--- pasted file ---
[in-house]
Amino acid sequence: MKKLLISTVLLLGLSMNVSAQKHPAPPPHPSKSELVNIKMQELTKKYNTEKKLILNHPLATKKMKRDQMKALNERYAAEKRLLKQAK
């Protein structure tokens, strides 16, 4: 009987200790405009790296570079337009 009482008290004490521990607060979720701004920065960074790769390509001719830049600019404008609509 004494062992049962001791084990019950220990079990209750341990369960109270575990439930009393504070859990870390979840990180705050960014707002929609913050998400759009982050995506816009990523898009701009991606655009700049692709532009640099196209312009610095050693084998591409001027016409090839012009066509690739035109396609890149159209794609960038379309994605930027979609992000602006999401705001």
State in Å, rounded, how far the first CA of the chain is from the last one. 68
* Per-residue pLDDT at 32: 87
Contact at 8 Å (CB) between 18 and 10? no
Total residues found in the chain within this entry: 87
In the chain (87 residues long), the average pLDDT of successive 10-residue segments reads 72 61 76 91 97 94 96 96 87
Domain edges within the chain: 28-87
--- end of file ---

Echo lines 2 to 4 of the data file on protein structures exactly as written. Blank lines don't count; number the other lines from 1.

Amino acid sequence: MKKLLISTVLLLGLSMNVSAQKHPAPPPHPSKSELVNIKMQELTKKYNTEKKLILNHPLATKKMKRDQMKALNERYAAEKRLLKQAK
């Protein structure tokens, strides 16, 4: 009987200790405009790296570079337009 009482008290004490521990607060979720701004920065960074790769390509001719830049600019404008609509 004494062992049962001791084990019950220990079990209750341990369960109270575990439930009393504070859990870390979840990180705050960014707002929609913050998400759009982050995506816009990523898009701009991606655009700049692709532009640099196209312009610095050693084998591409001027016409090839012009066509690739035109396609890149159209794609960038379309994605930027979609992000602006999401705001």
State in Å, rounded, how far the first CA of the chain is from the last one. 68